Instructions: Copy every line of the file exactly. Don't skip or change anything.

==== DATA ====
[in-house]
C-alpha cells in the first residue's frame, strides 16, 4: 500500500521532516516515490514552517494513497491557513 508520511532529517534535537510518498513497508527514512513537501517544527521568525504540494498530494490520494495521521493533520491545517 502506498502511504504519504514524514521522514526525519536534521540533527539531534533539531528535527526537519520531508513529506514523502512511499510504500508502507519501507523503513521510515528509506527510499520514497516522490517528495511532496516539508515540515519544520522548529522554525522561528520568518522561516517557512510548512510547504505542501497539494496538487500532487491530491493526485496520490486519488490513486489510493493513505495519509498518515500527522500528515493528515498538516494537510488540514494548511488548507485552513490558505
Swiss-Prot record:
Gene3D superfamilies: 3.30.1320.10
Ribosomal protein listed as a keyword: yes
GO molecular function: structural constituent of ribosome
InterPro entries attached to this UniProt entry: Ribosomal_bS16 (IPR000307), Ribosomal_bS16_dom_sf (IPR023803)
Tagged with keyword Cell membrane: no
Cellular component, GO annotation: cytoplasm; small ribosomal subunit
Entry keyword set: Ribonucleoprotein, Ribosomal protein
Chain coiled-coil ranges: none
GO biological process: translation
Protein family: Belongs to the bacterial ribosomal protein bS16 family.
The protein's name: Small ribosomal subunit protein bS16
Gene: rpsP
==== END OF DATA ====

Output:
[in-house]
C-alpha cells in the first residue's frame, strides 16, 4: 500500500521532516516515490514552517494513497491557513 508520511532529517534535537510518498513497508527514512513537501517544527521568525504540494498530494490520494495521521493533520491545517 502506498502511504504519504514524514521522514526525519536534521540533527539531534533539531528535527526537519520531508513529506514523502512511499510504500508502507519501507523503513521510515528509506527510499520514497516522490517528495511532496516539508515540515519544520522548529522554525522561528520568518522561516517557512510548512510547504505542501497539494496538487500532487491530491493526485496520490486519488490513486489510493493513505495519509498518515500527522500528515493528515498538516494537510488540514494548511488548507485552513490558505
Swiss-Prot record:
Gene3D superfamilies: 3.30.1320.10
Ribosomal protein listed as a keyword: yes
GO molecular function: structural constituent of ribosome
InterPro entries attached to this UniProt entry: Ribosomal_bS16 (IPR000307), Ribosomal_bS16_dom_sf (IPR023803)
Tagged with keyword Cell membrane: no
Cellular component, GO annotation: cytoplasm; small ribosomal subunit
Entry keyword set: Ribonucleoprotein, Ribosomal protein
Chain coiled-coil ranges: none
GO biological process: translation
Protein family: Belongs to the bacterial ribosomal protein bS16 family.
The protein's name: Small ribosomal subunit protein bS16
Gene: rpsP